This garden is an excellent example of re-purposing an existing outdoor space to create a garden that is both educational and environmentally responsible. In response to the growing interest in the essential role that honey bees and other pollinators play in a healthy natural environment and food system, the TBG redeveloped the former library garden to support more intensive bee activity. As part of our education program, the original garden was replanted with a combination of native and non-native shrubs, perennials, annuals and flowering bulbs to provide all-season colour, pollen and nectar. In the spring of 2011, two hives of honeybees were added to this garden. In the intervening time, the honey bee colonies have grown and expanded to five working hives.
Although visitors to the TBG do not have direct access to the Pollinator Garden and bee yard, they can observe the daily activity of the busy bees from large glass doors in the Weston Family Library or from the observation windows in the Moriyama Link. The bees are cared for by TBG staff, students of Urban Beekeeping classes and a provincial bee inspector. These honey bees join a variety of other native bees and pollinators to work the Pollinator Garden that surrounds the hives as well as the TBG gardens, Edwards Gardens and the nearby ravine system. TBG beekeepers check the hives every 10 days from April to October to ensure they are doing well.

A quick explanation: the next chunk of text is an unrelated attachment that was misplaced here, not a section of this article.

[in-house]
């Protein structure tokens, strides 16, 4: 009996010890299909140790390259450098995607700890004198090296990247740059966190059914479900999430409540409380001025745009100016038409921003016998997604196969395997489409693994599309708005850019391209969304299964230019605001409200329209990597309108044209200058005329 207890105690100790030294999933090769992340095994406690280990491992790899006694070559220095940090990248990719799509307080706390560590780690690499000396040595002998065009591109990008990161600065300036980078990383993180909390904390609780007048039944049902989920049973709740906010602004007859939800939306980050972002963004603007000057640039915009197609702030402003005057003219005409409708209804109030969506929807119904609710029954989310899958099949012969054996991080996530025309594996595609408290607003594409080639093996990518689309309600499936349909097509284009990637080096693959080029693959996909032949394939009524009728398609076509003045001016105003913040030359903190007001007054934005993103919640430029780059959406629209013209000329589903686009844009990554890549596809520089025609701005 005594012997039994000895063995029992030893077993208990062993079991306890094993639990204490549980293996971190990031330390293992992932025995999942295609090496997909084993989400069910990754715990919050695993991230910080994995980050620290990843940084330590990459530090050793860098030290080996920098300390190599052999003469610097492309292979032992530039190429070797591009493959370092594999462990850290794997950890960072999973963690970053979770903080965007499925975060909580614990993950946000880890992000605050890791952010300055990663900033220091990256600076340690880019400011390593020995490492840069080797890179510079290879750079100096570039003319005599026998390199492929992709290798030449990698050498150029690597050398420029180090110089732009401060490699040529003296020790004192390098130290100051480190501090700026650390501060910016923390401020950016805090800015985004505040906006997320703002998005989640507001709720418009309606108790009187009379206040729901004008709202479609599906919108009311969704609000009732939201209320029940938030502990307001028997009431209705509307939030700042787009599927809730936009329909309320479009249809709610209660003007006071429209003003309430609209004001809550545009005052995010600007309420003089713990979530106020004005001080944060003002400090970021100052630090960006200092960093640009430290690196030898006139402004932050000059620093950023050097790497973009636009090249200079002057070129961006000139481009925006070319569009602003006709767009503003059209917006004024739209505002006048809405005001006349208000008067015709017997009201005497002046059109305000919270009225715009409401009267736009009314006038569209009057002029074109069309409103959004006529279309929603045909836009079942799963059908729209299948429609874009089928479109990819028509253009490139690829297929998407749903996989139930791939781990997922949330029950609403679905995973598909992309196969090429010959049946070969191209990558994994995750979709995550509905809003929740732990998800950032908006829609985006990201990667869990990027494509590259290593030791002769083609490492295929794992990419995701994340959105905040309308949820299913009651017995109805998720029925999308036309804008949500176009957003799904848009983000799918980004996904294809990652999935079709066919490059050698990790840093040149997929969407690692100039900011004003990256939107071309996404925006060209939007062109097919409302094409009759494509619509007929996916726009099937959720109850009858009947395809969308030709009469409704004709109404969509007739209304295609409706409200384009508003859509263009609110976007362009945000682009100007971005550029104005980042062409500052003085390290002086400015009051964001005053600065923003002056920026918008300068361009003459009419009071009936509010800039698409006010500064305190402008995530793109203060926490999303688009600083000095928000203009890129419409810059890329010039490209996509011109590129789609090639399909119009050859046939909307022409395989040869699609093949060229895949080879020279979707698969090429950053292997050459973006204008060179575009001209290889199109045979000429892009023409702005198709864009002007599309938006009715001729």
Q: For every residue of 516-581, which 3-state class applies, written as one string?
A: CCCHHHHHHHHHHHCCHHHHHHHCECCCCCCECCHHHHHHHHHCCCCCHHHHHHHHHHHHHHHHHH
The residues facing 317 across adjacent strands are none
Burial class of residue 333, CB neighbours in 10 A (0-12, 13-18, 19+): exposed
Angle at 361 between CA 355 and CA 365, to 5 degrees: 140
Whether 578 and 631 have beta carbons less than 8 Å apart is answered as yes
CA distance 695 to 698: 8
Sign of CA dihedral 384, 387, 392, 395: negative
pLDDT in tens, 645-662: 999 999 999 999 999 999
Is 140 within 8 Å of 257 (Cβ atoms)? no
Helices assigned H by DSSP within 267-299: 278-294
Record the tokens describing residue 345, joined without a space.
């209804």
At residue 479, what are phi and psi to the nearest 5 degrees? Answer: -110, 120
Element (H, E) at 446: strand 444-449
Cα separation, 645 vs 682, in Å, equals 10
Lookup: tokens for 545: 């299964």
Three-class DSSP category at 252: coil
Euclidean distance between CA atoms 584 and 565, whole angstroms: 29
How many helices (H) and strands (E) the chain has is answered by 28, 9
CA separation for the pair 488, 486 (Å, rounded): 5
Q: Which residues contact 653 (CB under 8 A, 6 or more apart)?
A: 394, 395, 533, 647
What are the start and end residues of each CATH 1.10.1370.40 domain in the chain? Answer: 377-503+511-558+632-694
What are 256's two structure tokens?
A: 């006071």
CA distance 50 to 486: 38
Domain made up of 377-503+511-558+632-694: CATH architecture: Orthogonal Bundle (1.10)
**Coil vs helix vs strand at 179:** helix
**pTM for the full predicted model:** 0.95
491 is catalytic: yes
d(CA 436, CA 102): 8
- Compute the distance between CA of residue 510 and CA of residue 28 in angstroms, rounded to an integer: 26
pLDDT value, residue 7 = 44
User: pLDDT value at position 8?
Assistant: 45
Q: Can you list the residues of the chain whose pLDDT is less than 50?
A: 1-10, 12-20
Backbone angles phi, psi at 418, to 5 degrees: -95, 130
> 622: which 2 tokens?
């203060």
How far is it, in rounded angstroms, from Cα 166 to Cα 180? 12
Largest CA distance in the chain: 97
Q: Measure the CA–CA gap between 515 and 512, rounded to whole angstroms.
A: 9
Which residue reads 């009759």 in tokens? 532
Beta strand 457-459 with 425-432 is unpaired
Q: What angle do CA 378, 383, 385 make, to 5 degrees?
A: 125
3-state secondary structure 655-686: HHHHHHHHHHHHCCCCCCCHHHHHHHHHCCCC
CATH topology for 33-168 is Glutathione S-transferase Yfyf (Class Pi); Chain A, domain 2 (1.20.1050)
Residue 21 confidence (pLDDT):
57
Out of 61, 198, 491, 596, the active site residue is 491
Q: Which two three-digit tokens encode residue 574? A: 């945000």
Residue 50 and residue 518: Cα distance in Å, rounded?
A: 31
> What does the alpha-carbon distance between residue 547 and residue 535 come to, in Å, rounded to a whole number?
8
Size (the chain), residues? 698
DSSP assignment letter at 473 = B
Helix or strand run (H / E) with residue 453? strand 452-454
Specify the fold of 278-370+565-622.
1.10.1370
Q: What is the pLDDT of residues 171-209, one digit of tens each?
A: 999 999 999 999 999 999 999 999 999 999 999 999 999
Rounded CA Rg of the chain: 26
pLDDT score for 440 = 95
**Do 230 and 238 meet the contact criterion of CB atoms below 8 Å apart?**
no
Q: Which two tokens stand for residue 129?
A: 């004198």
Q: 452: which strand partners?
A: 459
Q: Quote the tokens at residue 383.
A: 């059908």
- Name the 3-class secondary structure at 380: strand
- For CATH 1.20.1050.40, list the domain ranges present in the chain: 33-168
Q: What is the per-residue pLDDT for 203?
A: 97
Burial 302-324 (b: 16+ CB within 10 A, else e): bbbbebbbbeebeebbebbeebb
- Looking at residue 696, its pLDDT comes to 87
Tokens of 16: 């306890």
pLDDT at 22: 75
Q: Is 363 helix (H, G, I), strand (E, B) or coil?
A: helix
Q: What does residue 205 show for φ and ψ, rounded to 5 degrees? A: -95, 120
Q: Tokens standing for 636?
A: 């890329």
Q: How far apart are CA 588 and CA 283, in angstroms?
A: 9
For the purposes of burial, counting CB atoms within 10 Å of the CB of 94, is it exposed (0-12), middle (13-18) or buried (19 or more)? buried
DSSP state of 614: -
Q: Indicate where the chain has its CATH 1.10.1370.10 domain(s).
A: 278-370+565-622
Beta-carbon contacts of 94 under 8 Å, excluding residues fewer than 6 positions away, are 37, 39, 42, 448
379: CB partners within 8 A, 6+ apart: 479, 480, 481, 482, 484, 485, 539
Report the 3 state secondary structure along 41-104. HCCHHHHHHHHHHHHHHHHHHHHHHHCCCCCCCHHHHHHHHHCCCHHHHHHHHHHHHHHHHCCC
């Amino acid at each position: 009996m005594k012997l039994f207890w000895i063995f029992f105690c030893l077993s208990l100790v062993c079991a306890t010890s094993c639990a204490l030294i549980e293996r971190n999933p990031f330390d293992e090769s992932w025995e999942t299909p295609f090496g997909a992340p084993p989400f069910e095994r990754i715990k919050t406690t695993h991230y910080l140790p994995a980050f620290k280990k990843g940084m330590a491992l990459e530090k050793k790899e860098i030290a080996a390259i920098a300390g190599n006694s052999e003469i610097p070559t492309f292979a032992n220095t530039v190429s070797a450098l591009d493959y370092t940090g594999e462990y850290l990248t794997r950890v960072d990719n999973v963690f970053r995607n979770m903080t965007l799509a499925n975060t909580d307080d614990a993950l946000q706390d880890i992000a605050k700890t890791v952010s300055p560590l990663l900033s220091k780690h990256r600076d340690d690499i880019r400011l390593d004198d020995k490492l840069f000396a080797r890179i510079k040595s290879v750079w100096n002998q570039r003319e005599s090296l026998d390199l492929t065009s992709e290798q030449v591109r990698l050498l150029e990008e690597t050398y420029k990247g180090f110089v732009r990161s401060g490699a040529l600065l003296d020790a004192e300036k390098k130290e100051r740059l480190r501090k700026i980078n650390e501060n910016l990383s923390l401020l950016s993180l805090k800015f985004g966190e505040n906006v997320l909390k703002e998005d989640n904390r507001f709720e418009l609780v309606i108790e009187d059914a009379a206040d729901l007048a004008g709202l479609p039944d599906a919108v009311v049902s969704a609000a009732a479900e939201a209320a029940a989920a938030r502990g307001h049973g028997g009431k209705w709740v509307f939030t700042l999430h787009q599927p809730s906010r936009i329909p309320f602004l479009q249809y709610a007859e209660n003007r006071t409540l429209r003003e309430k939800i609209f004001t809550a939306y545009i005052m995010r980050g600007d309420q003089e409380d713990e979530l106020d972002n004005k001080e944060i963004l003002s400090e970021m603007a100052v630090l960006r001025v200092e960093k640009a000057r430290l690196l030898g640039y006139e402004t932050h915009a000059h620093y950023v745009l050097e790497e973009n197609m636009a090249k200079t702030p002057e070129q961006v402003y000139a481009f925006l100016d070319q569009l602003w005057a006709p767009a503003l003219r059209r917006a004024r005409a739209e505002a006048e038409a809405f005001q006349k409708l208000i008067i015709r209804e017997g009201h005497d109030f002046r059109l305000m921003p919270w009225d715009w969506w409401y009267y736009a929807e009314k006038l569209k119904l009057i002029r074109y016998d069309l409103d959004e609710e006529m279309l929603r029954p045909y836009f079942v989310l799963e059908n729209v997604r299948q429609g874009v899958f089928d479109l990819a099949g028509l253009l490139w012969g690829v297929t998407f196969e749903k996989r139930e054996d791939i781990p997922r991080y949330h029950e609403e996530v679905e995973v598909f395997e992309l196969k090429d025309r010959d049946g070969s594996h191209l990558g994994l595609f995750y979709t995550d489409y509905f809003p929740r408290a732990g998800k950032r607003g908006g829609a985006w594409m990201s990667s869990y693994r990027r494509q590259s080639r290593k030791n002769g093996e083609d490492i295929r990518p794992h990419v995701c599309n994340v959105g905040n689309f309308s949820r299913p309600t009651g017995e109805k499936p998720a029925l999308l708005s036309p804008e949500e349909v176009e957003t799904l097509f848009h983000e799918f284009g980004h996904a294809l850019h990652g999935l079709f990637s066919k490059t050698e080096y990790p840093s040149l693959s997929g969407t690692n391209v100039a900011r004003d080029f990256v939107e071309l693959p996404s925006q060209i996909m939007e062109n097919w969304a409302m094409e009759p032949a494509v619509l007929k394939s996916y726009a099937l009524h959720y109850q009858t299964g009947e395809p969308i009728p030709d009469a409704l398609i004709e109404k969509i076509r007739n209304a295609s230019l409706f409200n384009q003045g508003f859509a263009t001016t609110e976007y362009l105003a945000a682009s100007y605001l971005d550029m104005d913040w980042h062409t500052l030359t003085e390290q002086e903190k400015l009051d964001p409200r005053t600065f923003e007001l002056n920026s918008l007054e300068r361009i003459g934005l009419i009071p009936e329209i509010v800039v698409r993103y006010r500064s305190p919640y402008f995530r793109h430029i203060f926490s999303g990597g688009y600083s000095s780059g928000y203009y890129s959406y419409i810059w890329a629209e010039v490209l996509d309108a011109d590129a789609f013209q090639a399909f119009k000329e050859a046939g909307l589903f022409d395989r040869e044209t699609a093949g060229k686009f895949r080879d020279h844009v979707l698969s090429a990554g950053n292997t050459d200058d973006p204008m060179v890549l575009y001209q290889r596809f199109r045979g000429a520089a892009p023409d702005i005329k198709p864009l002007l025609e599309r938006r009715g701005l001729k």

- The Pollinator Garden showcases a carefully selected combination of native and non-native shrubs, perennials, annuals and flowering bulbs to provide all-season colour and source of pollen and nectar in both sun and shade conditions. Click here for a full listing of plants in this garden and a list of other bee-friendly plants for your garden.
- The physical hives were built and are maintained by students in the Urban Beekeeping classes.
- After the first season, a combined harvest of 65 lbs of honey was harvested from both of the hives. Last season over 350 lbs of honey was harvested from five hives. A limited supply of honey is sold through the TBG shop.
- Any beeswax harvested from the hives is collected and used to make the TBG Bee Soaps, available for sale in the TBG shop.
- This project was incubated through a generous donation by The Home Depot Canada and the support of the Toronto Beekeepers Co-operative.
- Want to learn more about our bees? Check out TBG’s Bee FAQ.